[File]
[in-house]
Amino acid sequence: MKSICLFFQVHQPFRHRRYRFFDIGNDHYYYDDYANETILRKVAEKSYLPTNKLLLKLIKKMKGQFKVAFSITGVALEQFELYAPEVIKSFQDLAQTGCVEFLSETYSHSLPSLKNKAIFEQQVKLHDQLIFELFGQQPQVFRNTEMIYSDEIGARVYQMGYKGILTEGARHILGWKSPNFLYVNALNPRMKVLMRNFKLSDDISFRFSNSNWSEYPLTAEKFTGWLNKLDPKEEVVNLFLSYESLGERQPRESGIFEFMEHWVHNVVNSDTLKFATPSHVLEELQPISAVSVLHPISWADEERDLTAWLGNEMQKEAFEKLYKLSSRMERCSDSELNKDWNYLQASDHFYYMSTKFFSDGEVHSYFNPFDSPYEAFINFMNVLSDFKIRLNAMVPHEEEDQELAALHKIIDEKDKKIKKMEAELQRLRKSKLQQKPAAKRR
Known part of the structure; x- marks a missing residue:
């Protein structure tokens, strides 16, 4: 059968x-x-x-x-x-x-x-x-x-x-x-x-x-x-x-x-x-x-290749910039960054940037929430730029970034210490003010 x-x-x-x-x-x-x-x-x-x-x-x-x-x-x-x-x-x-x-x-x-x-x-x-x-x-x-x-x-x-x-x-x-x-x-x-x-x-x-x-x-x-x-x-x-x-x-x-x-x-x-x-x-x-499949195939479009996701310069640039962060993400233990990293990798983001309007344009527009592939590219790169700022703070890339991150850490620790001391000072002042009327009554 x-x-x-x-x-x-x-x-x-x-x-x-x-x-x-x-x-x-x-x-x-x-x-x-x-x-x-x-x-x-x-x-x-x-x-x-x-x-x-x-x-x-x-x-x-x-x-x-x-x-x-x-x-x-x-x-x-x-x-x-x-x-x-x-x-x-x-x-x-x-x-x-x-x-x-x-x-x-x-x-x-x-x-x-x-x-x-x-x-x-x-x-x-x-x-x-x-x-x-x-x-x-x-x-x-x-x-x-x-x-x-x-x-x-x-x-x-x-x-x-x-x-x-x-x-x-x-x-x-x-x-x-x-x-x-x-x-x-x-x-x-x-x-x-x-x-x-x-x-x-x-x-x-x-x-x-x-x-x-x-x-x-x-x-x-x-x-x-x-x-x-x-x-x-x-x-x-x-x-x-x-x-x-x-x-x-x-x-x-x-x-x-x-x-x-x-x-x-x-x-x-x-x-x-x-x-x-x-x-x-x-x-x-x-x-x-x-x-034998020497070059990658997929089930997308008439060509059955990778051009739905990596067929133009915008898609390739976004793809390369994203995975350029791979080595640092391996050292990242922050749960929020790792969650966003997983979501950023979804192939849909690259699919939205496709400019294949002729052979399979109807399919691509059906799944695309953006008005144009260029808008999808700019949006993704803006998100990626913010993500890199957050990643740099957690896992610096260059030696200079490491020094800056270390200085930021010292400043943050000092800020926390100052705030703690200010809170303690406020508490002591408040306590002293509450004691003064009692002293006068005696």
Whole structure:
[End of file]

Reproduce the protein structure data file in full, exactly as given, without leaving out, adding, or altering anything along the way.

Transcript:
[in-house]
Amino acid sequence: MKSICLFFQVHQPFRHRRYRFFDIGNDHYYYDDYANETILRKVAEKSYLPTNKLLLKLIKKMKGQFKVAFSITGVALEQFELYAPEVIKSFQDLAQTGCVEFLSETYSHSLPSLKNKAIFEQQVKLHDQLIFELFGQQPQVFRNTEMIYSDEIGARVYQMGYKGILTEGARHILGWKSPNFLYVNALNPRMKVLMRNFKLSDDISFRFSNSNWSEYPLTAEKFTGWLNKLDPKEEVVNLFLSYESLGERQPRESGIFEFMEHWVHNVVNSDTLKFATPSHVLEELQPISAVSVLHPISWADEERDLTAWLGNEMQKEAFEKLYKLSSRMERCSDSELNKDWNYLQASDHFYYMSTKFFSDGEVHSYFNPFDSPYEAFINFMNVLSDFKIRLNAMVPHEEEDQELAALHKIIDEKDKKIKKMEAELQRLRKSKLQQKPAAKRR
Known part of the structure; x- marks a missing residue:
């Protein structure tokens, strides 16, 4: 059968x-x-x-x-x-x-x-x-x-x-x-x-x-x-x-x-x-x-290749910039960054940037929430730029970034210490003010 x-x-x-x-x-x-x-x-x-x-x-x-x-x-x-x-x-x-x-x-x-x-x-x-x-x-x-x-x-x-x-x-x-x-x-x-x-x-x-x-x-x-x-x-x-x-x-x-x-x-x-x-x-x-499949195939479009996701310069640039962060993400233990990293990798983001309007344009527009592939590219790169700022703070890339991150850490620790001391000072002042009327009554 x-x-x-x-x-x-x-x-x-x-x-x-x-x-x-x-x-x-x-x-x-x-x-x-x-x-x-x-x-x-x-x-x-x-x-x-x-x-x-x-x-x-x-x-x-x-x-x-x-x-x-x-x-x-x-x-x-x-x-x-x-x-x-x-x-x-x-x-x-x-x-x-x-x-x-x-x-x-x-x-x-x-x-x-x-x-x-x-x-x-x-x-x-x-x-x-x-x-x-x-x-x-x-x-x-x-x-x-x-x-x-x-x-x-x-x-x-x-x-x-x-x-x-x-x-x-x-x-x-x-x-x-x-x-x-x-x-x-x-x-x-x-x-x-x-x-x-x-x-x-x-x-x-x-x-x-x-x-x-x-x-x-x-x-x-x-x-x-x-x-x-x-x-x-x-x-x-x-x-x-x-x-x-x-x-x-x-x-x-x-x-x-x-x-x-x-x-x-x-x-x-x-x-x-x-x-x-x-x-x-x-x-x-x-x-x-x-x-034998020497070059990658997929089930997308008439060509059955990778051009739905990596067929133009915008898609390739976004793809390369994203995975350029791979080595640092391996050292990242922050749960929020790792969650966003997983979501950023979804192939849909690259699919939205496709400019294949002729052979399979109807399919691509059906799944695309953006008005144009260029808008999808700019949006993704803006998100990626913010993500890199957050990643740099957690896992610096260059030696200079490491020094800056270390200085930021010292400043943050000092800020926390100052705030703690200010809170303690406020508490002591408040306590002293509450004691003064009692002293006068005696």
Whole structure: